Diagnosing Bacterial Infection in the era of Pandemic: A Case Report

A 68-year-old Japanese man complained of mild cough from four days to one day before. Although cough subsided, the patient was worried about whether he developed COVID-19 and he might pass the virus to his mother, whom the patient provided at-home daily care solely. At that time, COVID-19 was mildly spread in the town. His past medical history included myocardial infarction, diabetes mellitus, hypertension, bladder cancer (postoperative), and non-cancerous tumor of the colon (postoperative). He regularly took bisoprolol 5 mg/d, azilsartan 20 mg/d, amlodipine 10 mg/d, rosuvastatin 5 mg/d, metformin 500 mg/d, and voglibose 0.6 mg/d. His usual blood pressure was about 140/80 mmHg, and his heart rate was about 50 beats per minute. Although the patient was afebrile, we first saw him on full personal protective equipment in the tent only for febrile patients, for fear that the patient might develop COVID-19. The tent was not equipped with a sphygmomanometer to prevent contact infection.

Diagnosing Bacterial Infection in the era of Pandemic: A Case Report

The patient did not appear toxic and did not complain of any symptoms in the tent. The body temperature was 36.5°C, heart rate 84 beats per minute, respiratory rate 20 per minute, and oxygen saturation 99% while breathing ambient air. Upon physical examination, a normal pharynx was seen. Lung and heart sounds were normal. There was no rash or arthritis. The abdomen was not tender. Costovertebral angle tenderness was negative.

Our hospital could not perform severe acute respiratory syndrome coronavirus 2 (SARS-CoV-2) real-time reverse transcription-polymerase chain reaction, and the SARS-CoV-2 antigen rapid test was negative. A chest X-ray was performed to rule out pneumonia, and no abnormal finding was seen. We were reassured by this negative result and thought that no additional evaluation might not be needed. We, however, became aware that the patient took slow and heavy steps to the X-ray room. On second thought, we paid attention to slight tachycardia (heart rate 84) regardless of his taking beta-blocker. We decided to reexamine the patient. It thus turned out that the blood pressure was 90/56 mmHg. The limbs were warm. Jugular vein distention was not seen. Considering slight tachycardia, blood pressure lower than usual, and the slow and heavy steps, we thought that the patient might fall into serious conditions such as distributive shock. The extracellular fluid infusion was started immediately, and blood laboratory tests were performed. The results were as follows: white blood cell counts of 25,240/µL (normal range: 3590-9640/µL), serum C-reactive protein level of 32.08 mg/dL (0-0.3 mg/dL), serum creatinine kinase level of 1443 IU/L (39-308 IU/L), serum lactate dehydrogenase level of 313 IU/L (85-227 IU/L), and serum creatinine level of 3.05 mg/dL (0.6-1.1 mg/dL). Lactic acid was not checked. A computed tomography scan revealed right hydronephrosis due to ureteral calculus of 5 mm in diameter (Figure 1). Urinalysis revealed pyuria and bacteriuria. The diagnosis of obstructive pyelonephritis, sepsis, and distributive shock was made.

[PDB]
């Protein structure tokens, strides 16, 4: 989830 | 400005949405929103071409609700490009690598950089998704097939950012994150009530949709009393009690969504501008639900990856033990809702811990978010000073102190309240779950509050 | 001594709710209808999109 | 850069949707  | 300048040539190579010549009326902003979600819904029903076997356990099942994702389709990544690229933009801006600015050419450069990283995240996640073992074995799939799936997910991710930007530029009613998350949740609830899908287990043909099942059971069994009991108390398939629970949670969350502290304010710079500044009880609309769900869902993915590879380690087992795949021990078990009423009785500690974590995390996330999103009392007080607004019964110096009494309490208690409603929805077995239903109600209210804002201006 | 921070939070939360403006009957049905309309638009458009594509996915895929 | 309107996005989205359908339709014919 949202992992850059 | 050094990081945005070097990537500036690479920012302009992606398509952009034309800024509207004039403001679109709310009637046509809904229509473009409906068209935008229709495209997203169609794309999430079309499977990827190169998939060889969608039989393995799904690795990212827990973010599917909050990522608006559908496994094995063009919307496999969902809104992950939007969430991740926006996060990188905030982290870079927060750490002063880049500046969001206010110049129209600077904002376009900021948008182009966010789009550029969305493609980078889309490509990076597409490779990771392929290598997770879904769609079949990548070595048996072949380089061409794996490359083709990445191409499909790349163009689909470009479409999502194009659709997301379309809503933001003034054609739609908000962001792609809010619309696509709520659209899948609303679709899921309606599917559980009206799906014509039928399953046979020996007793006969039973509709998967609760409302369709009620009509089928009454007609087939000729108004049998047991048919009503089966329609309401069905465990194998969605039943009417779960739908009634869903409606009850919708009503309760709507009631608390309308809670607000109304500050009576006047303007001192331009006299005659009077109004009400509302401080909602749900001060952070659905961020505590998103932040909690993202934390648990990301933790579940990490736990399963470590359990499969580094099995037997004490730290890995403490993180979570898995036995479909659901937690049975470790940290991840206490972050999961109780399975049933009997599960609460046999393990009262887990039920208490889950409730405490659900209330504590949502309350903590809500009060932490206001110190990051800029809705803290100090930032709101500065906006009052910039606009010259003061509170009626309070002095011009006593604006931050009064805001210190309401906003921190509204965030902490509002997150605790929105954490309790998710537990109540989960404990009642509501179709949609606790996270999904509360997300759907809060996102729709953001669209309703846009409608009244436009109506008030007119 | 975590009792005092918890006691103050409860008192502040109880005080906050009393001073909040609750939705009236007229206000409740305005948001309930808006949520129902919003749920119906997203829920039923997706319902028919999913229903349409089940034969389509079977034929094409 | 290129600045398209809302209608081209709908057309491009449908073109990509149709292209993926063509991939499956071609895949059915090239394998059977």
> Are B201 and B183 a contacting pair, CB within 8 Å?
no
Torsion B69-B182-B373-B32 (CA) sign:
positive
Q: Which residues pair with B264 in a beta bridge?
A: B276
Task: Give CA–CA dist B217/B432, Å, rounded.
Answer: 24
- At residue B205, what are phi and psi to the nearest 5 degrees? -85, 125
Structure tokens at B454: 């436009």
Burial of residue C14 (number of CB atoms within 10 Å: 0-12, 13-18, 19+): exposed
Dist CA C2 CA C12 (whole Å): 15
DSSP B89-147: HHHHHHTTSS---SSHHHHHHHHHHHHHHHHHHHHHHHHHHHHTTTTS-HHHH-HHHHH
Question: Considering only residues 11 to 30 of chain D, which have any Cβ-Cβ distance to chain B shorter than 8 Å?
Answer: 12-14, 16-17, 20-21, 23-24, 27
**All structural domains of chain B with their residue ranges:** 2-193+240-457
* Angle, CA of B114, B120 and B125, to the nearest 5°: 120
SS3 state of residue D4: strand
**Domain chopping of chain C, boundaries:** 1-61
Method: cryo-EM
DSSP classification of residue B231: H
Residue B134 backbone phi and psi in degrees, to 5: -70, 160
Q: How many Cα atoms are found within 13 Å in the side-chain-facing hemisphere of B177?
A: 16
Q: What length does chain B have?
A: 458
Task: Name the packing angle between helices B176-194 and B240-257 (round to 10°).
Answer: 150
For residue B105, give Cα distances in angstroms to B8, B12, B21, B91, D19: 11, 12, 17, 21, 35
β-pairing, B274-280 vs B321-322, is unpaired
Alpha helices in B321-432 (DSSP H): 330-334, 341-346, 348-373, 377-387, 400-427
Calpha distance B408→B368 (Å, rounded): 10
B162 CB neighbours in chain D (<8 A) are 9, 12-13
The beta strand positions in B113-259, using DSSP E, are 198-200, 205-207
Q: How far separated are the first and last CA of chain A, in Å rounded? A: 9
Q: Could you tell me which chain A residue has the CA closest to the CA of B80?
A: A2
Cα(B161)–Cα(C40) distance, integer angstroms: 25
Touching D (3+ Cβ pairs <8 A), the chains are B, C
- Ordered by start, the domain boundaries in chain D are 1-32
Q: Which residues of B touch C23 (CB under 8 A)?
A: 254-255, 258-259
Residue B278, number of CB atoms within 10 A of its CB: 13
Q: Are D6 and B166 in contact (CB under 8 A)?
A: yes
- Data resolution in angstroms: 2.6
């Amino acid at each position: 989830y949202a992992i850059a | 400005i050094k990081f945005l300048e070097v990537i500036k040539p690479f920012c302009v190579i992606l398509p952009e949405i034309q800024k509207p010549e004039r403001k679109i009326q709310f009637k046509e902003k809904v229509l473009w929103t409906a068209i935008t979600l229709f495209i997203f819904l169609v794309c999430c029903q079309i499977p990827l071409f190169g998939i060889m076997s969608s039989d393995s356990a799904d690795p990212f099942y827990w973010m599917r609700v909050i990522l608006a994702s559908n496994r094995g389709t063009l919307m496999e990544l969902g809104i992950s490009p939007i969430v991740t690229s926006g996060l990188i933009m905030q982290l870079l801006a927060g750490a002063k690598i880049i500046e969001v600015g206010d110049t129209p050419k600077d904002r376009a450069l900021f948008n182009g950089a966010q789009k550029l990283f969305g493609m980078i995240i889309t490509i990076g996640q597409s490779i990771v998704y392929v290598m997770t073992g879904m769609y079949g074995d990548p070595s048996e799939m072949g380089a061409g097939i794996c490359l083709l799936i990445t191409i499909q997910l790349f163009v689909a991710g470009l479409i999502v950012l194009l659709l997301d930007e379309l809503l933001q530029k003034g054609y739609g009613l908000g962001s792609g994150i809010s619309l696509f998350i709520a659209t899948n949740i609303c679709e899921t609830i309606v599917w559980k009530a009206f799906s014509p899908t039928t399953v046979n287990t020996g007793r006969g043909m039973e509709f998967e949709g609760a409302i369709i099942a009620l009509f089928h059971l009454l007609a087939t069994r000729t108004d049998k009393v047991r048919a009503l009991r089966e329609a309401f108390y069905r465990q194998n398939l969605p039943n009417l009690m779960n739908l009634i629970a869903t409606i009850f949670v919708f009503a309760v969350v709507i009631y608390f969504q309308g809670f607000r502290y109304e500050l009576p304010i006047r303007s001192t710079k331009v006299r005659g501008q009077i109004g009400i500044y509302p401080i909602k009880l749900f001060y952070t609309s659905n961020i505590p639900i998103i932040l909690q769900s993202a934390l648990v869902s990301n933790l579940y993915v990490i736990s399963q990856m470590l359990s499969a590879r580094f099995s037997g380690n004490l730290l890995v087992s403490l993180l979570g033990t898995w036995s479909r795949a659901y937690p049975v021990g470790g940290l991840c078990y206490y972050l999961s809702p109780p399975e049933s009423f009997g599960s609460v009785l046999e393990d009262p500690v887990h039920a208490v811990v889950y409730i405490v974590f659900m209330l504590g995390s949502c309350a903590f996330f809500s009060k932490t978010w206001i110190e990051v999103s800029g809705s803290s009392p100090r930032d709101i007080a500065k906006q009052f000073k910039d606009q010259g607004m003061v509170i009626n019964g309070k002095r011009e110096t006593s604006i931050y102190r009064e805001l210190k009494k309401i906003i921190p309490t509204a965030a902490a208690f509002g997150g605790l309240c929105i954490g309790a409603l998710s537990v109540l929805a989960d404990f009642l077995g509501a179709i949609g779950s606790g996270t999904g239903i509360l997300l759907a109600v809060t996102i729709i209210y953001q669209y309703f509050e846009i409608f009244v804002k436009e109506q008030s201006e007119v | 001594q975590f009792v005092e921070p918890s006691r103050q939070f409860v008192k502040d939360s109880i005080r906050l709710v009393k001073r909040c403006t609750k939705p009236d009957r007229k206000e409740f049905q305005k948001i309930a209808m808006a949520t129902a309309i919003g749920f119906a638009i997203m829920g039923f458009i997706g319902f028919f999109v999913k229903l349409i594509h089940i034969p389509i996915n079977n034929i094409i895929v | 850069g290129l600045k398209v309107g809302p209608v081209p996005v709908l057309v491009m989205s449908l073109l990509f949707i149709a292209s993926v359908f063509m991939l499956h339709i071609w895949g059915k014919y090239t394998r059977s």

Figure1:(A) Right hydronephrosis (white arrow). (B) Ureteral calculus causing hydronephrosis (white arrowhead)

An intravenous antibiotic (tazobactam/piperacillin) was administered by urologists, and a percutaneous nephrostomy was performed. A blood culture turned out to be positive in Escherichia coli. The patient was recovered in a week and was discharged. After discharge, the patient did not develop fever, malaise, or other symptoms again.